The early discourse on the Generative AI Revolution in Games has largely focused on how AI tools can make game creators more efficient – enabling games to be built faster and at greater scale than before. While true, we believe the largest opportunity long-term is in leveraging AI to change not just how we create games, but the nature of the games themselves.
We’re excited about the opportunity for generative AI to help create new AI-first game categories and dramatically expand existing genres. AI has long played a role in enabling new forms of gameplay – from Rogue’s procedurally generated dungeons (1980) to Half-Life’s finite-state machines (1998) to Left 4 Dead’s AI game director (2008). Recent advances in deep learning enabling computers to generate new content based on user prompts and large data sets have further changed the game.
While early, a few AI-powered gameplay areas we’ve seen that are intriguing include generative agents, personalization, AI storytelling, dynamic worlds, and AI copilots. If successful, these systems could combine to create new categories of AI-first games that entertain, engage, and retain players for a very long time.
The simulation genre was kicked off in 1989 by Maxis’ SimCity, in which players build and manage a virtual city. Today, the most popular sim game is The Sims, where over 70M players worldwide manage virtual humans called “sims” as they go about their daily lives. Designer Will Wright once described The Sims as an “interactive doll house.”
Generative AI could dramatically advance the simulation genre by making agents more lifelike with emergent social behavior powered by large language models (LLMs).
Earlier this year, a team of researchers from Stanford and Google published a paper on how LLMs can be applied to agents inside a game. Led by PhD student Joon Sung Park, the research team populated a pixel art sandbox world with 25 Sims-like agents whose actions were guided by ChatGPT and “an architecture that extends a LLM to store a complete record of the agent’s experience using natural language, synthesize those memories… into higher-level reflections, and retrieve them dynamically to plan behavior.”
The results were a fascinating preview of the potential future of sim games. Starting with only a single user-specified suggestion that one agent wanted to throw a Valentine’s Day party, the agents independently spread party invitations, struck up new friendships, asked each other out on dates, and coordinated to show up for the party together on time two days later.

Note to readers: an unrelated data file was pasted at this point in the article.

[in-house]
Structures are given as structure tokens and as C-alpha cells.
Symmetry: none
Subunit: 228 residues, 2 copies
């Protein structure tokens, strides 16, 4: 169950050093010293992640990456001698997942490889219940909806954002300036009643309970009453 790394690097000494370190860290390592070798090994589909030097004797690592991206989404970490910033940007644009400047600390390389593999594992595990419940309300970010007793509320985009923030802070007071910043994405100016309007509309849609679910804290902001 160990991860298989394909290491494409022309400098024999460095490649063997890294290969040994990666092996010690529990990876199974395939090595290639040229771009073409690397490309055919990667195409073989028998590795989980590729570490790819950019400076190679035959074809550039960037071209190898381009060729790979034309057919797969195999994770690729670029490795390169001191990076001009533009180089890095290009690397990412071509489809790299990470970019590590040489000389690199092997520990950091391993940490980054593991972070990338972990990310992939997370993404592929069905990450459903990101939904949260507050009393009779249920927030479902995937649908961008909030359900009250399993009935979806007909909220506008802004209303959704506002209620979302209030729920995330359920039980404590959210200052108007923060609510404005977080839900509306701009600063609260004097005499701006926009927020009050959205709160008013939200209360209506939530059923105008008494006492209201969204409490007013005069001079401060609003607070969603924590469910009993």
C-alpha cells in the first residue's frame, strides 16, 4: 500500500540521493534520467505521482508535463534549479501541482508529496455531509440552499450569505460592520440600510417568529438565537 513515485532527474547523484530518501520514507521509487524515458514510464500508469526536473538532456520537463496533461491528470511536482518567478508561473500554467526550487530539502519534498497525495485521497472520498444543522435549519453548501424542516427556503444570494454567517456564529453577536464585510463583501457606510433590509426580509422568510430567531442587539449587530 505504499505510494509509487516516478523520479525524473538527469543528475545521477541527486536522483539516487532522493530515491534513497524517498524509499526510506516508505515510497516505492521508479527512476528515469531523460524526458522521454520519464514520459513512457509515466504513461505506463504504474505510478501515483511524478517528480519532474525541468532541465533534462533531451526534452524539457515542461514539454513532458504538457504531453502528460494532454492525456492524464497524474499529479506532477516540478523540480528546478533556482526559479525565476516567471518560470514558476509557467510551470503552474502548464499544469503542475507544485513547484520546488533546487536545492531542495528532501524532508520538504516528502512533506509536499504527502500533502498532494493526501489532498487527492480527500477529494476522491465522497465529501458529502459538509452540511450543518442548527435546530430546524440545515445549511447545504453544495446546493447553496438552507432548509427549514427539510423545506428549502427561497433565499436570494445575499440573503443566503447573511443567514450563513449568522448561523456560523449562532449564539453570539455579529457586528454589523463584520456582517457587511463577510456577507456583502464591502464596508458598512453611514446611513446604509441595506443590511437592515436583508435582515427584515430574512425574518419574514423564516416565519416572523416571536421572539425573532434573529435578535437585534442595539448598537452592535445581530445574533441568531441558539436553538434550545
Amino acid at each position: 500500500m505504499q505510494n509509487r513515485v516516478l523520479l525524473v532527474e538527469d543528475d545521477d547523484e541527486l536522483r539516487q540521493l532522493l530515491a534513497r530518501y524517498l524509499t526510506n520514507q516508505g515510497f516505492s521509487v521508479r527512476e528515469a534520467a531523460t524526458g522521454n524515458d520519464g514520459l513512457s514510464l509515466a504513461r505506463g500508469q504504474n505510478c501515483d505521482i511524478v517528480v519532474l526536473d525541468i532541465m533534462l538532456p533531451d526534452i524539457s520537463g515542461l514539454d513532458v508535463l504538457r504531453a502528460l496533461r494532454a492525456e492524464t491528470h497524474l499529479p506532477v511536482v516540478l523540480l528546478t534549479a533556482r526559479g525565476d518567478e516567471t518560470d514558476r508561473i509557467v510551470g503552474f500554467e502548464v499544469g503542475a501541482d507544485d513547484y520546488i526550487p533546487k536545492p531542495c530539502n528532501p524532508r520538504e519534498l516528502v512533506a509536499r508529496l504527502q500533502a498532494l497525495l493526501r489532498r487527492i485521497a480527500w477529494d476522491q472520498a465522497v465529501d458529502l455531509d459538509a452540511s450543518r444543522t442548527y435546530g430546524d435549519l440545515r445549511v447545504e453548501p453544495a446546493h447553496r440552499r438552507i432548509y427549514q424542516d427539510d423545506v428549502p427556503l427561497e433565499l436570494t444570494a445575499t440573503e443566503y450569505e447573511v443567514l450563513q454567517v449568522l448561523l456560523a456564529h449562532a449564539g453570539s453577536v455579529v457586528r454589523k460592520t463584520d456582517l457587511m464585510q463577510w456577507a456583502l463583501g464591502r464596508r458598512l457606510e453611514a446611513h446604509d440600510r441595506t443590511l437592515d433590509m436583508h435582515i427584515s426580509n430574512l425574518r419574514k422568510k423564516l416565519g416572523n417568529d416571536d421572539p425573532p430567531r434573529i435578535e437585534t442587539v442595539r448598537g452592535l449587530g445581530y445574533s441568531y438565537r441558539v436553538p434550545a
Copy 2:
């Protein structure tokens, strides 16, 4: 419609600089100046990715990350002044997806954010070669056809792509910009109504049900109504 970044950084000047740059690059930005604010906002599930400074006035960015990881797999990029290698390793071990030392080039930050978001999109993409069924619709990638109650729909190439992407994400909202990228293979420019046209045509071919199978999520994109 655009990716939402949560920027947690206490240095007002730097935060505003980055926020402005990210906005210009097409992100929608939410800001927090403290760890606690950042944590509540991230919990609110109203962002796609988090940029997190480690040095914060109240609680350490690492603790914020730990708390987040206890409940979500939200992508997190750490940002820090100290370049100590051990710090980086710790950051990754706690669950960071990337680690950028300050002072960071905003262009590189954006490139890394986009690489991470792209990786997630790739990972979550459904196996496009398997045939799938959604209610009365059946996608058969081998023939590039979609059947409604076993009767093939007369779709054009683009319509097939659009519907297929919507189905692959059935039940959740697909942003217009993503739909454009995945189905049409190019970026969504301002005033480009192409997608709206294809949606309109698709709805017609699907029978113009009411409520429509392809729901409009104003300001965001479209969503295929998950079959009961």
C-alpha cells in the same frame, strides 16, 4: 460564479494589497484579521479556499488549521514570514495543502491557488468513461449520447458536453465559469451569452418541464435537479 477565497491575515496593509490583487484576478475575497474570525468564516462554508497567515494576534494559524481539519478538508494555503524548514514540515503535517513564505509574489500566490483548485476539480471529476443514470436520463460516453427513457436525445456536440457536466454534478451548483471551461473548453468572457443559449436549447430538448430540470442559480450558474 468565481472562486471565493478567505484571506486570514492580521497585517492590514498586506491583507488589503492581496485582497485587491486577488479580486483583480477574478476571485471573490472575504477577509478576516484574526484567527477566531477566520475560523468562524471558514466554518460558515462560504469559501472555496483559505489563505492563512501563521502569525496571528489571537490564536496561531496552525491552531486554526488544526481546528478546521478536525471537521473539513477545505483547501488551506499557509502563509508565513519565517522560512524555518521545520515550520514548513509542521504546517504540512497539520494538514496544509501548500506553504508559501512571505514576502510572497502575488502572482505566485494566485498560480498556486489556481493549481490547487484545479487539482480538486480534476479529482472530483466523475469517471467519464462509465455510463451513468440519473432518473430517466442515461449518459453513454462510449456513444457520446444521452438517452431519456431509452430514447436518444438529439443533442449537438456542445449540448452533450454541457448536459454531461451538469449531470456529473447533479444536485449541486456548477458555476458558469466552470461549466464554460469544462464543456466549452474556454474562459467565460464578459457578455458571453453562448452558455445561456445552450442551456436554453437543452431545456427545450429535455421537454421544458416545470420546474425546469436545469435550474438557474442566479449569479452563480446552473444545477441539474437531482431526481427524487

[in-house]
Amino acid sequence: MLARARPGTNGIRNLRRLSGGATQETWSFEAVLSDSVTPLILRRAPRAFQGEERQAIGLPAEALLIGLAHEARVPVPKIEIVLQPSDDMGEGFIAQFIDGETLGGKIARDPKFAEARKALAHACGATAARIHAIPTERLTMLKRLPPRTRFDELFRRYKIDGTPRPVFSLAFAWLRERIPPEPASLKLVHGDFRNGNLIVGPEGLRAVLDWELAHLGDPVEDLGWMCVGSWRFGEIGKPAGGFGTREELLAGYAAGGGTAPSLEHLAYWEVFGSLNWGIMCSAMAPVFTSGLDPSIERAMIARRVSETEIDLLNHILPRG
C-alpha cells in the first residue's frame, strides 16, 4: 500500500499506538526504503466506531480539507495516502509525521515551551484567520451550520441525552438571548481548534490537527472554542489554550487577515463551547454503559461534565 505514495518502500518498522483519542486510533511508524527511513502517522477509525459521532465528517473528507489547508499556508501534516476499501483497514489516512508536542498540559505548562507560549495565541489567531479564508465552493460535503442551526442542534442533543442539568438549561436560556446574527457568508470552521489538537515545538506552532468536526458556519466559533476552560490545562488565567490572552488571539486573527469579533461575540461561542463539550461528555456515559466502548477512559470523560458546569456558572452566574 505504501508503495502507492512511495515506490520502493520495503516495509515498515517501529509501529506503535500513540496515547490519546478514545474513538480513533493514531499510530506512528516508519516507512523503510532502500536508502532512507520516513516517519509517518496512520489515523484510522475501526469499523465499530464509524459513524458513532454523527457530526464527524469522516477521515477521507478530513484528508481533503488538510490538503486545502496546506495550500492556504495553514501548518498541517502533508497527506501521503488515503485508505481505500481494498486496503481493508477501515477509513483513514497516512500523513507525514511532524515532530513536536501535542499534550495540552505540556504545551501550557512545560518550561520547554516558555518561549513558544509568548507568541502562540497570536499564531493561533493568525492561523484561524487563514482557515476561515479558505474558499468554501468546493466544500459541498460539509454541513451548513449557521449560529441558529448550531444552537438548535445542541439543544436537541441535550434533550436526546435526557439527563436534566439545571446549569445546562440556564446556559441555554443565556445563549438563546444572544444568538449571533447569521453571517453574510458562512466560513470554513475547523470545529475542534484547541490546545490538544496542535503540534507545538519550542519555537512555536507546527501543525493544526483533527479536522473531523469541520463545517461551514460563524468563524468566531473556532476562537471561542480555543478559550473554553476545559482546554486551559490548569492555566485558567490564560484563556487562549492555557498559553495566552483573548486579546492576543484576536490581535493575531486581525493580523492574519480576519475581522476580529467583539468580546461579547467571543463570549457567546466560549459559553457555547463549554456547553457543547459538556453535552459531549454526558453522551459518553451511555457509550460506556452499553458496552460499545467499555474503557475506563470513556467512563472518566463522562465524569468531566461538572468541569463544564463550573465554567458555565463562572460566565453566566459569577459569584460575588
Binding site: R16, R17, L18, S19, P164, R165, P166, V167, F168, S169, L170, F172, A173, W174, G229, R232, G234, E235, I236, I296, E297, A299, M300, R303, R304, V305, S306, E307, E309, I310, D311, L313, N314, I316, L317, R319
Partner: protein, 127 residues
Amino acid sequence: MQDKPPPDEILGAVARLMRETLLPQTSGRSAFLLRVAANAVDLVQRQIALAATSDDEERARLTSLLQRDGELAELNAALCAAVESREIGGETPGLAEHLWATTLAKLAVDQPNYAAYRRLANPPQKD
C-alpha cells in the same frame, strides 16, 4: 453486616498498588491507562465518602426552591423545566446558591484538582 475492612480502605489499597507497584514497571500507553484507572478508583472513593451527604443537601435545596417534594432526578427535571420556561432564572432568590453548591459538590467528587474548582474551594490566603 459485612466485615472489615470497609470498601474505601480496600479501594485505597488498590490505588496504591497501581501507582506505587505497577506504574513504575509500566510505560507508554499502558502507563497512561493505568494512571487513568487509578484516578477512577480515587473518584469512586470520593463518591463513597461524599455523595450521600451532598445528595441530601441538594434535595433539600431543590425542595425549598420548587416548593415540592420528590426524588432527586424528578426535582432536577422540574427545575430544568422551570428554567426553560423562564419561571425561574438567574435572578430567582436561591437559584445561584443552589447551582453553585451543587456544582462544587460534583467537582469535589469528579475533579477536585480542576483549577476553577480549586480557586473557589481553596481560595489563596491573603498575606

What makes this behavior possible is that LLMs are trained on data from the social web, and thus have in their models the building blocks for how humans talk to one another and behave in various social contexts. And within an interactive digital environment like a sim game, these responses can be triggered to create incredibly lifelike emergent behavior.
The net-result from a player perspective: more immersive gameplay. Much of the joy of playing The Sims or colony sim RimWorld comes from unexpected things happening and weathering the emotional highs and lows. With agent behavior powered by the corpus of the social web, we might see sim games that reflect not just the game designer’s imagination but also the unpredictability of human society. Watching these sim games could serve as a next-generation Truman Show, endlessly entertaining in a way not possible today with pre-scripted TV or movies.
Tapping into our desire for imaginative “doll house” play, the agents themselves could also be personalized. Players could craft an ideal agent based on themselves or fictional characters. Ready Player Me enables users to generate a 3D avatar of themselves with a selfie and import their avatar into over 9k games/apps. AI character platforms Character.ai, InWorld, and Convai enable the creation of custom NPCs with their own backstory, personality, and behavior controls. Want to create a Hogwarts simulation where you are roommates with Harry Potter? Well now you can.
With their natural language capabilities, the ways we interact with agents have also expanded. Today developers can generate realistic sounding voices for their agents using text-to-speech models from Eleven Labs. Convai recently partnered with NVIDIA on a viral demo where a player has a natural voice conversation with an AI ramen chef NPC, with dialogue and matching facial expressions generated in real-time. AI companion app Replika already enables users to converse with their companions via voice, video, and AR/VR. Down the road, one could envision a sim game where players keep in touch with their agents via phone call or video chat while on the go, and then click into more immersive gameplay when back at their computers.